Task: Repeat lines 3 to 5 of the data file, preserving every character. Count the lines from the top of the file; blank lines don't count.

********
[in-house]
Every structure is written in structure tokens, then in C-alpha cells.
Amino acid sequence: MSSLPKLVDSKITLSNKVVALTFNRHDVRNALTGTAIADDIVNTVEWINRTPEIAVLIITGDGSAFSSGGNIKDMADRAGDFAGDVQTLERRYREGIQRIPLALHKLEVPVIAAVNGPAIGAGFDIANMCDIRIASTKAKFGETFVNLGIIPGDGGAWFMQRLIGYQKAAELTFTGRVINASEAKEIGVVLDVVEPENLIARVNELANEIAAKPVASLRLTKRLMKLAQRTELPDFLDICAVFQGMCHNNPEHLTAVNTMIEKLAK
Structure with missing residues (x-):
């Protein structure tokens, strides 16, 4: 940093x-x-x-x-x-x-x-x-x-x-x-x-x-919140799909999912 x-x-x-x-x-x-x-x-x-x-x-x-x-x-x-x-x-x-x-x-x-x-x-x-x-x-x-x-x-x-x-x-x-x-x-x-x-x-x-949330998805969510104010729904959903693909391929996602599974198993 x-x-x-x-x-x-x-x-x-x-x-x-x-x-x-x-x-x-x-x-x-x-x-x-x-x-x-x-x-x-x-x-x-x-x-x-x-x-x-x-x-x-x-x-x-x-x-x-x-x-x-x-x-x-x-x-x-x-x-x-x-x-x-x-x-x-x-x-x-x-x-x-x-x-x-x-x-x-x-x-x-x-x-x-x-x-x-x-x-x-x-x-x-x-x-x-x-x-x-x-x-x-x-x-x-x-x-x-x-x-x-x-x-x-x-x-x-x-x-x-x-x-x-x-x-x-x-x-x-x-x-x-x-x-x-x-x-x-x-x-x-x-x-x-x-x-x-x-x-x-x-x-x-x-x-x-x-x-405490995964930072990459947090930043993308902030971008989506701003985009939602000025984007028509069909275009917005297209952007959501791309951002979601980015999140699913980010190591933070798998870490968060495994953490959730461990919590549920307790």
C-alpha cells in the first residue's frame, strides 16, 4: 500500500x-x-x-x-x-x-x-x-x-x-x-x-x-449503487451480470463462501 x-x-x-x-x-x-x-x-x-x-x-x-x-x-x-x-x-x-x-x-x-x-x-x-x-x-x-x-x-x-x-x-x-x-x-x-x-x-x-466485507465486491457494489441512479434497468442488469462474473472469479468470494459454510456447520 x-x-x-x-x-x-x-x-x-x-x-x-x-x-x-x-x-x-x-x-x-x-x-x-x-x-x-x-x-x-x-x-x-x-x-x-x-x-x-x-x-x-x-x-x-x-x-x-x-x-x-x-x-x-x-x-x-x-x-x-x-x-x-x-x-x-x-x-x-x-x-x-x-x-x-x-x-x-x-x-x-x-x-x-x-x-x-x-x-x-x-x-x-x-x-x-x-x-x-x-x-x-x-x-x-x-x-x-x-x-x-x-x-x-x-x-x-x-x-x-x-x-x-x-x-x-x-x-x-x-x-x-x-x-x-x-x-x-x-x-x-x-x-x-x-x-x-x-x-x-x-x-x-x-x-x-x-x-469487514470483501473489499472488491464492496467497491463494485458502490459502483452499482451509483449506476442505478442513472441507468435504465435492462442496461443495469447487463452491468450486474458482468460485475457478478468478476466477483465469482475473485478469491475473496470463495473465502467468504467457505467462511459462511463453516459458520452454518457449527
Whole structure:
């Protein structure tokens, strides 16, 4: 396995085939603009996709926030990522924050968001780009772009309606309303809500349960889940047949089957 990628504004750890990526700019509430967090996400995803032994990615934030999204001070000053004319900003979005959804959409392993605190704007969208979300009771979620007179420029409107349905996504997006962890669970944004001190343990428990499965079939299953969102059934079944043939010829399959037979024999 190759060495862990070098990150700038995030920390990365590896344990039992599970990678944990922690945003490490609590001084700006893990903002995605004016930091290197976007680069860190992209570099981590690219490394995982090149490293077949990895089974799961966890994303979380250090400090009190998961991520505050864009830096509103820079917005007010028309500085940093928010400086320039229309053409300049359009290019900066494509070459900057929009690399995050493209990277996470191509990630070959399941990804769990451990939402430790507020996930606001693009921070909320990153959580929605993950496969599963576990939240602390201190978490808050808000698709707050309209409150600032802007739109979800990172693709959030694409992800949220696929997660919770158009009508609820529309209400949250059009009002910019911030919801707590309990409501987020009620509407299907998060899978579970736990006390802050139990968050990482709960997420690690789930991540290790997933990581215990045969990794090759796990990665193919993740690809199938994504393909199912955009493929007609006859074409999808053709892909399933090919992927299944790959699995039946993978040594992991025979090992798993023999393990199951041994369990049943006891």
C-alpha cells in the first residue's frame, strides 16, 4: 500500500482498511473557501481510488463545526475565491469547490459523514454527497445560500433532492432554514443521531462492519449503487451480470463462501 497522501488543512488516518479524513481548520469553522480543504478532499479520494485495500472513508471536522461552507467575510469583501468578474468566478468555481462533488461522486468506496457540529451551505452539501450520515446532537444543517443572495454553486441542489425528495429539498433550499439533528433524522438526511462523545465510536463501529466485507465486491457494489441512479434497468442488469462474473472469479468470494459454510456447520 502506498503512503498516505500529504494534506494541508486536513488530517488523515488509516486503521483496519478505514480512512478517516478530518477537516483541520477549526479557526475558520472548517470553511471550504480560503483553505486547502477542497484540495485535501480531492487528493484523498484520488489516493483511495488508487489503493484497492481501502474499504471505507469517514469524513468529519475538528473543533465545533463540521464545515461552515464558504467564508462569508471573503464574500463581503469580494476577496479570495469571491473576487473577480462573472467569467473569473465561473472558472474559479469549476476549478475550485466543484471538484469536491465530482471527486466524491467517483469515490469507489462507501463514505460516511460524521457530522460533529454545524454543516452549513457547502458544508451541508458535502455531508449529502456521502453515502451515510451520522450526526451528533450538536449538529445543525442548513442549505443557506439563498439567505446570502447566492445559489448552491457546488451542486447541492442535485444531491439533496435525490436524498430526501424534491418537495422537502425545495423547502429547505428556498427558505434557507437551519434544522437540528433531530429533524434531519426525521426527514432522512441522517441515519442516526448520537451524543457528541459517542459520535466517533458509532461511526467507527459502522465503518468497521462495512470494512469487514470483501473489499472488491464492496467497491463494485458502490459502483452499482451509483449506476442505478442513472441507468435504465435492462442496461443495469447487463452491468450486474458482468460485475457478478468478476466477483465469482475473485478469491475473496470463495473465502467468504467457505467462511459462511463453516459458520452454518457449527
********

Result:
Amino acid sequence: MSSLPKLVDSKITLSNKVVALTFNRHDVRNALTGTAIADDIVNTVEWINRTPEIAVLIITGDGSAFSSGGNIKDMADRAGDFAGDVQTLERRYREGIQRIPLALHKLEVPVIAAVNGPAIGAGFDIANMCDIRIASTKAKFGETFVNLGIIPGDGGAWFMQRLIGYQKAAELTFTGRVINASEAKEIGVVLDVVEPENLIARVNELANEIAAKPVASLRLTKRLMKLAQRTELPDFLDICAVFQGMCHNNPEHLTAVNTMIEKLAK
Structure with missing residues (x-):
């Protein structure tokens, strides 16, 4: 940093x-x-x-x-x-x-x-x-x-x-x-x-x-919140799909999912 x-x-x-x-x-x-x-x-x-x-x-x-x-x-x-x-x-x-x-x-x-x-x-x-x-x-x-x-x-x-x-x-x-x-x-x-x-x-x-949330998805969510104010729904959903693909391929996602599974198993 x-x-x-x-x-x-x-x-x-x-x-x-x-x-x-x-x-x-x-x-x-x-x-x-x-x-x-x-x-x-x-x-x-x-x-x-x-x-x-x-x-x-x-x-x-x-x-x-x-x-x-x-x-x-x-x-x-x-x-x-x-x-x-x-x-x-x-x-x-x-x-x-x-x-x-x-x-x-x-x-x-x-x-x-x-x-x-x-x-x-x-x-x-x-x-x-x-x-x-x-x-x-x-x-x-x-x-x-x-x-x-x-x-x-x-x-x-x-x-x-x-x-x-x-x-x-x-x-x-x-x-x-x-x-x-x-x-x-x-x-x-x-x-x-x-x-x-x-x-x-x-x-x-x-x-x-x-x-405490995964930072990459947090930043993308902030971008989506701003985009939602000025984007028509069909275009917005297209952007959501791309951002979601980015999140699913980010190591933070798998870490968060495994953490959730461990919590549920307790």